Sometime in the past 5000 years, a small iron meteorite slammed into the southwest corner of Egypt, punching a 45-meter-wide crater into the rock and sand. A new study suggests that small meteorites like this may survive their plunge through Earth's atmosphere intact much more often than previously suspected. And that means these objects could pose a greater danger than once believed.
Although small impact craters are common features on the moon and other airless bodies in our solar system, they're rare on Earth: Only 15 of our planet's 176 or so known craters measure less than 300 meters across. But that rarity doesn't stem from a lack of objects whizzing through our cosmic neighborhood. Instead, two other factors are at play. Many small objects break apart as they plummet through the atmosphere, either disintegrating entirely or surviving to leave multiple craters. Also, the craters blasted by those objects that do reach the ground are quickly masked by erosion or other geological processes not present on other worlds. But the Egyptian impact is causing scientists to rethink their notions of how often iron meteorites fall to Earth in one piece.
The so-called Kamil crater, named for the nearest mountain, was discovered in autumn 2008 during a low-altitude aerial survey conducted for Google Earth. A field expedition to the site in February 2009 recovered more than 5000 fragments of nickel-rich iron that together weighed more than 1.7 metric tons—a sure sign that the meter-deep crater had been blasted by an iron meteorite. In next month's issue of Geology, Massimo D'Orazio, a geochemist at the University of Pisa in Italy, and his colleagues estimate that at impact the meteorite weighed about 9.1 metric tons, which suggests that the object weighed between 20 and 40 metric tons before it entered the atmosphere.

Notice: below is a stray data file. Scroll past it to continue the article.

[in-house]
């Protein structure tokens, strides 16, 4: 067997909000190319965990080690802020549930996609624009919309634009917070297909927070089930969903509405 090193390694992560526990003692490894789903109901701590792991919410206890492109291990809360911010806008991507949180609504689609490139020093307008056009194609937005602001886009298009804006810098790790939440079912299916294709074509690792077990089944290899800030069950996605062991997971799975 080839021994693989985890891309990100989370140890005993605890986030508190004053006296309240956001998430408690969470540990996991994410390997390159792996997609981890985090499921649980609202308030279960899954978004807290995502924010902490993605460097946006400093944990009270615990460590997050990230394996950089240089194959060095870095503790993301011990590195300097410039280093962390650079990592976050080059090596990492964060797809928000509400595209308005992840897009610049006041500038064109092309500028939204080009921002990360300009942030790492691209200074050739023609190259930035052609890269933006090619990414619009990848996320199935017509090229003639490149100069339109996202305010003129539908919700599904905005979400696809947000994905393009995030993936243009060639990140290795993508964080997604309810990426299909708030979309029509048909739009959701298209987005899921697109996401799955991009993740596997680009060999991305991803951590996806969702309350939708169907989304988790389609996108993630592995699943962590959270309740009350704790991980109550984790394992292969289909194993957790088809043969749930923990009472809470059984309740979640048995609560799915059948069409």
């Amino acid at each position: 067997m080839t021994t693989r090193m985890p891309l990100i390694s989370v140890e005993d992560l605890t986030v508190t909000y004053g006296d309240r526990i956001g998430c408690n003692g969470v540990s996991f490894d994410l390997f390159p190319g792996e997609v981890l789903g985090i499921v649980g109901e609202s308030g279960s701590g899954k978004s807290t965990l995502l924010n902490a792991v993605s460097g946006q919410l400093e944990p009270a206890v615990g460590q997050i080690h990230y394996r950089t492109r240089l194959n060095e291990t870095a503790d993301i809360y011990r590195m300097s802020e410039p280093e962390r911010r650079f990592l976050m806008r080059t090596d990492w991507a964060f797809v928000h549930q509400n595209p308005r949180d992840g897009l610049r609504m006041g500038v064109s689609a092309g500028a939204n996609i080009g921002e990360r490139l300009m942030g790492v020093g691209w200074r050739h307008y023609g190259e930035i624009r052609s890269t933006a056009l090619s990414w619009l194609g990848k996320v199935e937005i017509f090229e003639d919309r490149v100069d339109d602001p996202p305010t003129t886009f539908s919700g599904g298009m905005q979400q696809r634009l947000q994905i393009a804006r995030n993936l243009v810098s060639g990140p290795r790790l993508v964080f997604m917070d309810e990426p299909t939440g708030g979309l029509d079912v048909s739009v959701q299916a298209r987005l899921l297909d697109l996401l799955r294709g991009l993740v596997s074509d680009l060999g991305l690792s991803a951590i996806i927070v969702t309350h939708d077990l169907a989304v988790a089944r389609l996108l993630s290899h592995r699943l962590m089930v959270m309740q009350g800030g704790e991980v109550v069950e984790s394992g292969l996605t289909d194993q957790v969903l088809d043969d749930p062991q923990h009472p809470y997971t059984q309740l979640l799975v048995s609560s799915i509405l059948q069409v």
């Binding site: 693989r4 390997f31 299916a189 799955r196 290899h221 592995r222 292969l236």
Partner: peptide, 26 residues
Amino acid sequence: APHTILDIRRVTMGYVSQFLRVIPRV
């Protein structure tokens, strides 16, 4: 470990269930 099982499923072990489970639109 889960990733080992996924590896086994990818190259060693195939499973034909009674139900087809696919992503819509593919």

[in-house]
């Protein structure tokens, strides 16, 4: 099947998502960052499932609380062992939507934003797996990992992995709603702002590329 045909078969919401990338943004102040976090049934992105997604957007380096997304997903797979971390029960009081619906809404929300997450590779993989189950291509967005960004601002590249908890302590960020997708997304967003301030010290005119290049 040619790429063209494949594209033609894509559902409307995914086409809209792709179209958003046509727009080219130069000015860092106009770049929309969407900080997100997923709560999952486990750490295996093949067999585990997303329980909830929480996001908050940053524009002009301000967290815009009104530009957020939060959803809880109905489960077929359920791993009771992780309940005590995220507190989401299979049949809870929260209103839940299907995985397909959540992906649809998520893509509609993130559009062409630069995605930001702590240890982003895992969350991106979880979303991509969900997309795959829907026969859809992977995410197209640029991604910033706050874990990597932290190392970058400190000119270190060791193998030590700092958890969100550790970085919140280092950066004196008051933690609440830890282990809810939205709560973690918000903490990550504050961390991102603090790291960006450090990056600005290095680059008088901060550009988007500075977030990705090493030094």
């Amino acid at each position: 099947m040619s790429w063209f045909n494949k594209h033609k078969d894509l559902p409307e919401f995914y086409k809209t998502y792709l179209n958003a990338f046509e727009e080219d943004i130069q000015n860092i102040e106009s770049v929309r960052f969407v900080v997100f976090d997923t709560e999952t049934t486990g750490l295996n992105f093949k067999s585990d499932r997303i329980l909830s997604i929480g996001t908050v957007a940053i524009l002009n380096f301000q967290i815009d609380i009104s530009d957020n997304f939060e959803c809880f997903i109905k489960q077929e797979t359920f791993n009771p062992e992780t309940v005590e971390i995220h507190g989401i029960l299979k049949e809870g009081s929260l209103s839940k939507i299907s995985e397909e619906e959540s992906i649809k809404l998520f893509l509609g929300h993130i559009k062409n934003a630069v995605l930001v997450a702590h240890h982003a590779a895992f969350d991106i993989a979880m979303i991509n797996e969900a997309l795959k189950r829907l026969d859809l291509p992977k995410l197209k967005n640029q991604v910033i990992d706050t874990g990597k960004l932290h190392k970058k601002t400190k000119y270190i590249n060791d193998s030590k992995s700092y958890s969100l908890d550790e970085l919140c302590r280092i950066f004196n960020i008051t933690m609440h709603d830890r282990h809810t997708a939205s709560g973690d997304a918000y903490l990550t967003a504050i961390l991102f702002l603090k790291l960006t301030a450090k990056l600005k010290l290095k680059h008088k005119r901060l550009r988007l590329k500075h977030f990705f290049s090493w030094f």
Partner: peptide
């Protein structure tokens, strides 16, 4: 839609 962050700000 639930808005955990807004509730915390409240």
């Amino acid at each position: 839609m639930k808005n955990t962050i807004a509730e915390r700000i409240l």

Previous studies of Earth's small craters indicate that objects weighing less than 3000 metric tons typically break apart to form multiple craters on impact. As of a decade ago, only three of the 12 iron meteorites in that class had survived their fiery fall to make a single crater. But the Kamil finding, along with a little-studied crater in Alberta, Canada, that was also formed by the impact of a small iron meteorite, boosts the proportion of such objects that struck Earth intact from one-fourth to more than one-third.
The apparent rise in survival rates may be due simply to having a larger sample size that better represents the objects slamming into the planet, says Philip Bland, a planetary scientist at Imperial College London. "The more of these craters we find, the better our statistical model of meteorite survival can be," he notes.
Whether an object survives its plunge through the atmosphere depends on its material properties and its history, Bland adds. Objects that have suffered repeated collisions in space may be highly fractured and readily break up during their plunge to Earth, whereas those made of a relatively intact mass of fine-grained iron would have a better chance of landing in one piece.
As is often portrayed in movies such as Armageddon, an extraterrestrial object that strikes Earth in one piece does more damage than one that lands in several smaller fragments. Thus, the new findings suggest that earthlings may face somewhat more danger from meteorites than previously recognized.